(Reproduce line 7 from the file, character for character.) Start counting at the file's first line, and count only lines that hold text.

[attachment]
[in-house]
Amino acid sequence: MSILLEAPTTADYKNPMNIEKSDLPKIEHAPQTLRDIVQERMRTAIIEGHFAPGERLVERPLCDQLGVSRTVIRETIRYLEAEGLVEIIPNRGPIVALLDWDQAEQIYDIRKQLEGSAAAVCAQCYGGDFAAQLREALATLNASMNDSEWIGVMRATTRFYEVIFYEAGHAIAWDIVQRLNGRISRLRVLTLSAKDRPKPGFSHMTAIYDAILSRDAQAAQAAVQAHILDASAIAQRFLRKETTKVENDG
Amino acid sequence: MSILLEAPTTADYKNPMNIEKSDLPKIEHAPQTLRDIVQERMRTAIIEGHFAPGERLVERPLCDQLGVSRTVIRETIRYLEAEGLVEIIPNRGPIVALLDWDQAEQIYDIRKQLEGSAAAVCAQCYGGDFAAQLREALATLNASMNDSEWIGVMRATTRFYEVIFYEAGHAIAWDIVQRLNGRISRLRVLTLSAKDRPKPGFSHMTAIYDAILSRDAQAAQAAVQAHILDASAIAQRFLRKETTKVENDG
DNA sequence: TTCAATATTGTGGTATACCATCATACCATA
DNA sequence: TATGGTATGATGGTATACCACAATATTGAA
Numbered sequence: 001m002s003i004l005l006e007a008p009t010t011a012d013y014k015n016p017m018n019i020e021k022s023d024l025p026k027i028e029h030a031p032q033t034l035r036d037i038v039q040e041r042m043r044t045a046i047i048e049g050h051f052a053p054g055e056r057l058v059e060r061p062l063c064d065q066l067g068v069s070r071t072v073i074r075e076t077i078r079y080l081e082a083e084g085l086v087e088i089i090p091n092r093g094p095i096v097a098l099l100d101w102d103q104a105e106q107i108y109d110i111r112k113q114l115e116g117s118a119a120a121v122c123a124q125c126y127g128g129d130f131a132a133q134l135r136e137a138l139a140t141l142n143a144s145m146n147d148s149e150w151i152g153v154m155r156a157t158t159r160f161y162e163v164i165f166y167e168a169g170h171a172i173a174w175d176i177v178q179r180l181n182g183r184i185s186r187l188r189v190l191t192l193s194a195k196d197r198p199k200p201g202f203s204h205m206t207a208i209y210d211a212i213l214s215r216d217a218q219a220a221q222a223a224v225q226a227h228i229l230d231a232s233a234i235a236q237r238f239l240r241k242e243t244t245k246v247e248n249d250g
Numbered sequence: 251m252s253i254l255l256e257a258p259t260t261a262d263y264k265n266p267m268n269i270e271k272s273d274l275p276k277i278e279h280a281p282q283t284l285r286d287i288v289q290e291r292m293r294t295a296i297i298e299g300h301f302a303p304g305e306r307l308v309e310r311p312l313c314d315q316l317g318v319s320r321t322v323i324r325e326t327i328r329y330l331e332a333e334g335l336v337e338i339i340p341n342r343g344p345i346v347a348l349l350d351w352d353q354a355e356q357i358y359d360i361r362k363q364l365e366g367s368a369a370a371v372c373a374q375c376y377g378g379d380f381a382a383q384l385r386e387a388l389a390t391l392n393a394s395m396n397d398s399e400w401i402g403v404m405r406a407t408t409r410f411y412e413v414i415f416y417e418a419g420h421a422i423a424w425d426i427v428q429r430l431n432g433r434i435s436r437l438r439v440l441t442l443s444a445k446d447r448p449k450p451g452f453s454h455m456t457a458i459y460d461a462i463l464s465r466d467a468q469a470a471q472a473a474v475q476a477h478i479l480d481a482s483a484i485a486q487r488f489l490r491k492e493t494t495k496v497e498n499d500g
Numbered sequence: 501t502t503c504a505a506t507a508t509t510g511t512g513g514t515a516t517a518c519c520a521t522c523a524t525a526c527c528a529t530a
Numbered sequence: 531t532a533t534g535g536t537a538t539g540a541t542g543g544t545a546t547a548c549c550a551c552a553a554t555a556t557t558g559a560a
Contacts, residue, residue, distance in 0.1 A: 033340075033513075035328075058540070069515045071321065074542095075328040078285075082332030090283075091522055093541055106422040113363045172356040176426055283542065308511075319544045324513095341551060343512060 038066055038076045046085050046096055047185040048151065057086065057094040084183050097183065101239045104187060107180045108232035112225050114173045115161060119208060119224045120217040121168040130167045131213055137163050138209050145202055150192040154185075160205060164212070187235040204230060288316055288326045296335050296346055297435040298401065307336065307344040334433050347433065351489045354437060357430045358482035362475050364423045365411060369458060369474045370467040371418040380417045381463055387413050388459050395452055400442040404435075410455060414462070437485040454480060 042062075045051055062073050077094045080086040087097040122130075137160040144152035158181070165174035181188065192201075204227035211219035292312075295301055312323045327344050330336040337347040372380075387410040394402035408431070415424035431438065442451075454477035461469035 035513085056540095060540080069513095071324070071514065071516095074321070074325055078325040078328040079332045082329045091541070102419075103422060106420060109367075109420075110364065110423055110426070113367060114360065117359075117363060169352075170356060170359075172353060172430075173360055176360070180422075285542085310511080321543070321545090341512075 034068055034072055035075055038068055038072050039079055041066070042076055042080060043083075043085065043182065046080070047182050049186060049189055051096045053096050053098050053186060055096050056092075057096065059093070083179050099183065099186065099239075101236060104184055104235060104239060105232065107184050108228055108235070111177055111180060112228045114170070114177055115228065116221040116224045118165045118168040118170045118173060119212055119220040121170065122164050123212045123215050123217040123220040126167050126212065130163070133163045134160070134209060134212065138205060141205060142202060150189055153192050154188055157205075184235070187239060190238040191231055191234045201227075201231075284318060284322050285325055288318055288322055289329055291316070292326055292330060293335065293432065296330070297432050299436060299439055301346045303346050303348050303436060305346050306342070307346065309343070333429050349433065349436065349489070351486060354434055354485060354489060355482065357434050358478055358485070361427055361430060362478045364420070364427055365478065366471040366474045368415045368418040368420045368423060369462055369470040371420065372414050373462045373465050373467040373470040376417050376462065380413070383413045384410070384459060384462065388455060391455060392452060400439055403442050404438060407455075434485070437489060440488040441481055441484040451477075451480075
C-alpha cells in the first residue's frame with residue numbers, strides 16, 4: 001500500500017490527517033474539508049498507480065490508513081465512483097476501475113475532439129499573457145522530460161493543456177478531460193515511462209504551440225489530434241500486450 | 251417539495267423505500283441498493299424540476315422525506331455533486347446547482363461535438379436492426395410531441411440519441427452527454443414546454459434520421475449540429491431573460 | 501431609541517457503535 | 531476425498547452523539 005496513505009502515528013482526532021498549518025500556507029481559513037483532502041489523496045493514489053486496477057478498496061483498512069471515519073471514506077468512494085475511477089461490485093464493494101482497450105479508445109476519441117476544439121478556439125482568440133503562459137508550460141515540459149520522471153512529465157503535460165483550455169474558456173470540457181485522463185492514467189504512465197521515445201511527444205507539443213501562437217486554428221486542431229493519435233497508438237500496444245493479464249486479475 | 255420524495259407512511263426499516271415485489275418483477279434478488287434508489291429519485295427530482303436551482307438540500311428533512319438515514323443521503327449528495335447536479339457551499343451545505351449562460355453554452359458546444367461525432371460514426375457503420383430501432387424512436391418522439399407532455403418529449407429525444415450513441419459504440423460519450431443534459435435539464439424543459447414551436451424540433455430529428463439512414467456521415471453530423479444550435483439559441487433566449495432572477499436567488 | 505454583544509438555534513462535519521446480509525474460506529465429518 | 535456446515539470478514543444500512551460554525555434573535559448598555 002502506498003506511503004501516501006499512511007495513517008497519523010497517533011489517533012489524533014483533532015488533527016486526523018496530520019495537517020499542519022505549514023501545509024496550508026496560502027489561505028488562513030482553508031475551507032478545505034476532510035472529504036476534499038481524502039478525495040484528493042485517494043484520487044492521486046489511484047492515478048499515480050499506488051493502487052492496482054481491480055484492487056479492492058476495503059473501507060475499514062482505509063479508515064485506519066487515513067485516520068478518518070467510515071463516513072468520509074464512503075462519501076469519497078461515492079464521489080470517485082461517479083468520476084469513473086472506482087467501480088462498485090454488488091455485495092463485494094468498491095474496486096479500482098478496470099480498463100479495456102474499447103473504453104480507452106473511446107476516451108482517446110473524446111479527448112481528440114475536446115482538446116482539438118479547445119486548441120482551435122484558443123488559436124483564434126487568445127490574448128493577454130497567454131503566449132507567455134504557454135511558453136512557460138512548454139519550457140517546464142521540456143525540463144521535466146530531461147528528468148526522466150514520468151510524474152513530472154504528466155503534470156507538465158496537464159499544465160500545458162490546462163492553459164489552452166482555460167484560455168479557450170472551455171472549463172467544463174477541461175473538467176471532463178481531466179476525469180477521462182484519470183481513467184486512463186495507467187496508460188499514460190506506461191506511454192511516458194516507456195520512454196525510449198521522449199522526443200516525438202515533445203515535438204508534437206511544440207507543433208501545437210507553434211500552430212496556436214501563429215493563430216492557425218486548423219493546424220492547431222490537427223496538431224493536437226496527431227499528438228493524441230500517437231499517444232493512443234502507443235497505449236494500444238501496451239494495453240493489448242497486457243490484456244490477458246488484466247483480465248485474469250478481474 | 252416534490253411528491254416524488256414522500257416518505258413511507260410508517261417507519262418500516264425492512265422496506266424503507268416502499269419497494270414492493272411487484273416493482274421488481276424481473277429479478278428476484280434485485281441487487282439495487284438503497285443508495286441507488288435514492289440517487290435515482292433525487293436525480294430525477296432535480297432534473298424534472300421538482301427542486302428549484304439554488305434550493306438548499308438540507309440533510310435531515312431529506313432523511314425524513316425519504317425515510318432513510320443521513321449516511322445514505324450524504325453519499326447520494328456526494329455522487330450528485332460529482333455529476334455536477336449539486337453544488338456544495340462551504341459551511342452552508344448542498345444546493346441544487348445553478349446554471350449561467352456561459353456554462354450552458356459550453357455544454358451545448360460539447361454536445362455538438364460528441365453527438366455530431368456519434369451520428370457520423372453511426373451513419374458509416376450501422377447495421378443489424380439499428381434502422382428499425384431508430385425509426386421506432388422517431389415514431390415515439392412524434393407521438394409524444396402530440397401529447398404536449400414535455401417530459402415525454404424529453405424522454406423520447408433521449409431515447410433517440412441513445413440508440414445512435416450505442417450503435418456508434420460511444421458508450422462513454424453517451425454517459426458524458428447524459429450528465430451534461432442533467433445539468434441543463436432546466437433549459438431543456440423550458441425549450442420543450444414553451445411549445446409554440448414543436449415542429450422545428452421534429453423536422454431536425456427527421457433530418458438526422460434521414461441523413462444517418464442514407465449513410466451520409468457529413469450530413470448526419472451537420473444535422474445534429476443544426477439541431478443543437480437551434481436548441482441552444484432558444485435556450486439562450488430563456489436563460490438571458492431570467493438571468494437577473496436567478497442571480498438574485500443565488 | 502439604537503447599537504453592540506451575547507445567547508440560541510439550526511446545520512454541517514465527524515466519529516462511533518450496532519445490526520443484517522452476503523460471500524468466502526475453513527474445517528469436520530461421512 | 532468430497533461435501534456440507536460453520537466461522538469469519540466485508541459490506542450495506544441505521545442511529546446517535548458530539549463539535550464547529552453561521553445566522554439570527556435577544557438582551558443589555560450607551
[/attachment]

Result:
Numbered sequence: 251m252s253i254l255l256e257a258p259t260t261a262d263y264k265n266p267m268n269i270e271k272s273d274l275p276k277i278e279h280a281p282q283t284l285r286d287i288v289q290e291r292m293r294t295a296i297i298e299g300h301f302a303p304g305e306r307l308v309e310r311p312l313c314d315q316l317g318v319s320r321t322v323i324r325e326t327i328r329y330l331e332a333e334g335l336v337e338i339i340p341n342r343g344p345i346v347a348l349l350d351w352d353q354a355e356q357i358y359d360i361r362k363q364l365e366g367s368a369a370a371v372c373a374q375c376y377g378g379d380f381a382a383q384l385r386e387a388l389a390t391l392n393a394s395m396n397d398s399e400w401i402g403v404m405r406a407t408t409r410f411y412e413v414i415f416y417e418a419g420h421a422i423a424w425d426i427v428q429r430l431n432g433r434i435s436r437l438r439v440l441t442l443s444a445k446d447r448p449k450p451g452f453s454h455m456t457a458i459y460d461a462i463l464s465r466d467a468q469a470a471q472a473a474v475q476a477h478i479l480d481a482s483a484i485a486q487r488f489l490r491k492e493t494t495k496v497e498n499d500g